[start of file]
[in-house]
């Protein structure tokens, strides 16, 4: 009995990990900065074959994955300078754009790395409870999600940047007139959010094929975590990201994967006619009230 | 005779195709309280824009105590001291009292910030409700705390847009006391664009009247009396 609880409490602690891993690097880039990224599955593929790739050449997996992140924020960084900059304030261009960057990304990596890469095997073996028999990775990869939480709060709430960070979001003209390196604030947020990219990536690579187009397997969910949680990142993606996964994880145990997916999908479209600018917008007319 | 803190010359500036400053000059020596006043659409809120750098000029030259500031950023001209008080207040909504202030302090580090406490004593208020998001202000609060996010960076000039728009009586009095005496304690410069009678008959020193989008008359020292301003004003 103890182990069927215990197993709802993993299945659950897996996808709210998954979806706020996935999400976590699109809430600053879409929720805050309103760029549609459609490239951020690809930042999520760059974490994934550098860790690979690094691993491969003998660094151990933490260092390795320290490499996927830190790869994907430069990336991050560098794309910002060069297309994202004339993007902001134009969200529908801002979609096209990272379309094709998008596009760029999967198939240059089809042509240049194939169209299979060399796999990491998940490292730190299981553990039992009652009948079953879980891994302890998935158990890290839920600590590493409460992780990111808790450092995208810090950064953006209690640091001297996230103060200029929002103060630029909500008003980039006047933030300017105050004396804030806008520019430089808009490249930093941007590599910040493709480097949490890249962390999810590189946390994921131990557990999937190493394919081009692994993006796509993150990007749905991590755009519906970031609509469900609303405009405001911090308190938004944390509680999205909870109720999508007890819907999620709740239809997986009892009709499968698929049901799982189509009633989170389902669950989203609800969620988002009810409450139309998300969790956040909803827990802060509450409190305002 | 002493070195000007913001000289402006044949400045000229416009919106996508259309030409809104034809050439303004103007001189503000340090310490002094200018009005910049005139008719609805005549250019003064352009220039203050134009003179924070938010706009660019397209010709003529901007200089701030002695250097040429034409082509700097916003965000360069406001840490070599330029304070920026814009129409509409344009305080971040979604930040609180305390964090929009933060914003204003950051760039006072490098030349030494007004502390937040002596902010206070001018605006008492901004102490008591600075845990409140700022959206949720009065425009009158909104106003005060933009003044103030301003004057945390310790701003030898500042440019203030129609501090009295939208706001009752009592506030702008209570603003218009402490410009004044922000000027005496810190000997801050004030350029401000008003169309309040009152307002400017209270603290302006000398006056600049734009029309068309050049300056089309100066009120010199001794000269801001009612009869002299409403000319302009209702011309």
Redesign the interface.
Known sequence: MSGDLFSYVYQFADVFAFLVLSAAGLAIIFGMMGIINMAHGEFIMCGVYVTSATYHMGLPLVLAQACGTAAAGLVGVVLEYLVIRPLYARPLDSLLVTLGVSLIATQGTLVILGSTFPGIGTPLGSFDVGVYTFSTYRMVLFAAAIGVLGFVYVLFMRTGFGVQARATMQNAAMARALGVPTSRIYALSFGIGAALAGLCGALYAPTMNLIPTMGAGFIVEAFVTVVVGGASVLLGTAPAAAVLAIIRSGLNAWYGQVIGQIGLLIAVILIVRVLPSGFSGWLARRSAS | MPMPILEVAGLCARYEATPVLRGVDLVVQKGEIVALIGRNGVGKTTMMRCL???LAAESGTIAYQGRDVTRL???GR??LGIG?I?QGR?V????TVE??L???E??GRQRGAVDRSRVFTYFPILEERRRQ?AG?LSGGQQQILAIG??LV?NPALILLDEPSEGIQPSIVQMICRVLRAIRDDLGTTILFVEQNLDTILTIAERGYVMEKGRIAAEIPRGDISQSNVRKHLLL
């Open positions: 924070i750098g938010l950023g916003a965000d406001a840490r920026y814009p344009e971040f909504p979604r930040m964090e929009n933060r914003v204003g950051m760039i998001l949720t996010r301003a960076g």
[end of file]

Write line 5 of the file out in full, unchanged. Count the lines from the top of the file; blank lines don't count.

């Open positions: 924070i750098g938010l950023g916003a965000d406001a840490r920026y814009p344009e971040f909504p979604r930040m964090e929009n933060r914003v204003g950051m760039i998001l949720t996010r301003a960076g």